Survey: Retirement Savings Statistics
Many Americans Optimistic about Retirement, Despite Lack of Planning and Saving
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What’s the difference between objective forecasting and cockeyed optimism? A new survey by CreditDonkey.com suggests that it’s the difference between some people’s saving habits and their idea of a “comfortable retirement.”
Although 80 percent of the more than 1,100 people surveyed said they were not doing enough to save for retirement, 65.8 percent reported having no financial plan for retirement and 59.9 percent said they lived paycheck to paycheck, 44.7 percent still expected to (somehow) retire comfortably.
In the wake of the Great Recession, Americans are saving more and reducing debt, including credit card debt. Despite the trend toward more frugal behavior, however, many people still aren’t saving enough to justify their expectation of a comfortable retirement. No doubt, many are simply hoping that the economy will rebound before it’s time for them to retire.
Among the other findings of the Credit and Saving Survey:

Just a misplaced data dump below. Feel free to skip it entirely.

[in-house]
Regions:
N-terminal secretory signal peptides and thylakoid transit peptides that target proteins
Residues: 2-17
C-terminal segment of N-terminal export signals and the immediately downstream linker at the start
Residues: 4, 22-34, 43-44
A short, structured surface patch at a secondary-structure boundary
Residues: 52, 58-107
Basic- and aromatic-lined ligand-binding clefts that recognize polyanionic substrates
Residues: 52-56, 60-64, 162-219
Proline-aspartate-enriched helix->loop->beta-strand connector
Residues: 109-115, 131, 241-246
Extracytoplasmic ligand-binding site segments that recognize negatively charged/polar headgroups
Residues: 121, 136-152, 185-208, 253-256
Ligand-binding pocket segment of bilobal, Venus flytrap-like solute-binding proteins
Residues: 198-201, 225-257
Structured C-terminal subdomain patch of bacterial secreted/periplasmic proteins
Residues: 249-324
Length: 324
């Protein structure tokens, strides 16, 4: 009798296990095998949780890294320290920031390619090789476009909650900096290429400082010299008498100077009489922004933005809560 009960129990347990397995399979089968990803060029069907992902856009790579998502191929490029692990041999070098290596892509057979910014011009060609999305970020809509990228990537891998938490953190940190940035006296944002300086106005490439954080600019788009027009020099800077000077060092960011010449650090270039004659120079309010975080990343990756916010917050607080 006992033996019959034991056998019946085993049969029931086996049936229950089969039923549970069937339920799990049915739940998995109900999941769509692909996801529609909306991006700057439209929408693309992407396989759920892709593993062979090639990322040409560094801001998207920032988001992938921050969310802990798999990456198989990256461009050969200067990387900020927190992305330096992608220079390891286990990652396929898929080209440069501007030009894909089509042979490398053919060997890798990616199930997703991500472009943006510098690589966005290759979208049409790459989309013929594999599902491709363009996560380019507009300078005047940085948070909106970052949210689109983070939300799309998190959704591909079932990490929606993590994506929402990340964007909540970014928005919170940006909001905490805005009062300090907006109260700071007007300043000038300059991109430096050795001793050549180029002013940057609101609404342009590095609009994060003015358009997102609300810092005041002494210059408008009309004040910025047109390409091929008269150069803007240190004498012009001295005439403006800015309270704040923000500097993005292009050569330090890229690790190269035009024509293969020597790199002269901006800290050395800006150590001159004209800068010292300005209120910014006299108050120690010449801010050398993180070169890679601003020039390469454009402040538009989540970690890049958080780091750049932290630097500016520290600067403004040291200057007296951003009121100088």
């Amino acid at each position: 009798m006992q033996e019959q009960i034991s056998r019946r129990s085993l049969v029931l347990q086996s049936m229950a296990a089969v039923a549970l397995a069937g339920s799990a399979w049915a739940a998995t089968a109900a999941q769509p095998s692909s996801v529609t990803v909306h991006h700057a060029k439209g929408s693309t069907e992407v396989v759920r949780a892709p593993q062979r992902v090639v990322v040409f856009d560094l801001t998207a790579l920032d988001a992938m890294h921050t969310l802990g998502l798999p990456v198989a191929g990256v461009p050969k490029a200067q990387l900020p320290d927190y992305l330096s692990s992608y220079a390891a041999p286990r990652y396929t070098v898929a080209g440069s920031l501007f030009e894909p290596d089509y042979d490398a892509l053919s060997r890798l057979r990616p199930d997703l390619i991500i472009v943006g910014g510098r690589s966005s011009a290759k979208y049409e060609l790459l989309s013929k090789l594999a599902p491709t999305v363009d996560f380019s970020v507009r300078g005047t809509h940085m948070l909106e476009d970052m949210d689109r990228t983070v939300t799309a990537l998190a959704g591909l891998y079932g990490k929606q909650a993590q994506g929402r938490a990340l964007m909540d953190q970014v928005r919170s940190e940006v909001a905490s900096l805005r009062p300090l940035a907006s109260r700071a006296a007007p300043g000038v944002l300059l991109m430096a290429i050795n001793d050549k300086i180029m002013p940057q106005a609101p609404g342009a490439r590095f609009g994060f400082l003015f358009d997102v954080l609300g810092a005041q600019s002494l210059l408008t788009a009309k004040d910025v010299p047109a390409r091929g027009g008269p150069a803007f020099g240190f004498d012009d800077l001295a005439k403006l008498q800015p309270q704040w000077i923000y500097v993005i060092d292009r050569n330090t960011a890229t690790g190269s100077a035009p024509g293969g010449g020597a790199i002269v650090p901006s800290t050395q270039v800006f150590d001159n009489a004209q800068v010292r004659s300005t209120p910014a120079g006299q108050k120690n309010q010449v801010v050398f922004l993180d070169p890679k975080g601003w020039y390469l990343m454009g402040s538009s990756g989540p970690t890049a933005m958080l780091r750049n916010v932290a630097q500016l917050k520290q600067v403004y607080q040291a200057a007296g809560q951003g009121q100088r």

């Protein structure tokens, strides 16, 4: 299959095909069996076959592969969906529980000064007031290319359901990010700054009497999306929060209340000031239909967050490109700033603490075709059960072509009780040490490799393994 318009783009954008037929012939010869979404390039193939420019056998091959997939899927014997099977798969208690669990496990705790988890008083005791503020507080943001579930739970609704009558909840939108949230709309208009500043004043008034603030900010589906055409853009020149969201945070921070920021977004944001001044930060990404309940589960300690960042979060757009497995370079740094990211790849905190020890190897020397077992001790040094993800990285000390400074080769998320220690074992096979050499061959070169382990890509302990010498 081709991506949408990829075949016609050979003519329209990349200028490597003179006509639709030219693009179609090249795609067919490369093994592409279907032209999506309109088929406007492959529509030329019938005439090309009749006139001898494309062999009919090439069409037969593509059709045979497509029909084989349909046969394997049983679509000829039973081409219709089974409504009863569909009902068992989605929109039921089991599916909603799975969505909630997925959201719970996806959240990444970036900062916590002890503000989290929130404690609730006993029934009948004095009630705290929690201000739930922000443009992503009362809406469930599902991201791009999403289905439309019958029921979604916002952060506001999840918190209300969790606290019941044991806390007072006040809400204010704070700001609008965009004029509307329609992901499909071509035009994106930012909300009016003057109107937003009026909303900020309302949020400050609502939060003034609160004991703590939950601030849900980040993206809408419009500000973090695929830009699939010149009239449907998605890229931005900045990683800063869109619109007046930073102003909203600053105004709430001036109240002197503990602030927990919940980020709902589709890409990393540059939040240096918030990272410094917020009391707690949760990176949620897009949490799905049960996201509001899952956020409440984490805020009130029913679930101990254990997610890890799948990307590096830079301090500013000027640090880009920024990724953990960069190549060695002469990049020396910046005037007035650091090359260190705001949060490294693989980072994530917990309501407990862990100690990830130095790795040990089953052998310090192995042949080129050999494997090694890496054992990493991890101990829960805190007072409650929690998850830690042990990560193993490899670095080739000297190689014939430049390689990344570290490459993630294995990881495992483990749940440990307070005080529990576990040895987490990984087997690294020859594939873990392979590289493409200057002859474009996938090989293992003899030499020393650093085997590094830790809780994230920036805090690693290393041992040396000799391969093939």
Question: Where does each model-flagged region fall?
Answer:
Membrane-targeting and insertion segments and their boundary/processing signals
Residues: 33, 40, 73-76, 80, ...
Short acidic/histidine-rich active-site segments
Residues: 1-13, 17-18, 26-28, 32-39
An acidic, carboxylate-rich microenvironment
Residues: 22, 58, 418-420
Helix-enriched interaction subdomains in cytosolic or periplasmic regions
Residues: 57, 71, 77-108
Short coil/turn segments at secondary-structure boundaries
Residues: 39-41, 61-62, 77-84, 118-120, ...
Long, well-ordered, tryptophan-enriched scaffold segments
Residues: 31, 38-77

Only 48.6 percent of respondents said they have $1,000 in accessible savings, and just 43.5 percent have saved even $1,000 for retirement.
37.6 percent said they have less than $100 in cash on hand.
Unsurprisingly, only 34.9 percent of those polled think Social Security should be privatized.
75.2 percent believe that credit card issuers should be subject to more regulation.
45.9 percent believe they are paying more income taxes than they should, and 67.6 percent of the respondents said the current income tax code is not fair.
While it’s easier to save for retirement when you have a higher income, even people with modest incomes can do more to save for retirement. To start, they should look for credit cards with rewards, including lucrative bonus point deals and cash back on certain purchases. In addition, consumers should avoid carrying balances on credit cards and put away a small amount every week or month. Seemingly insignificant amounts can produce a healthy return over time.
About the Survey
Crosstabs by Gender (who says yes)
Additional crosstabs (e.g.: age, marital status, education, household income, accessible savings, cash on hand) available upon request.
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As young adults, Baby Boomers changed the face of college campuses. Later, they helped bring American workplaces into the era of high technology and casual dress codes. Today, the generation is changing what it means to retire.
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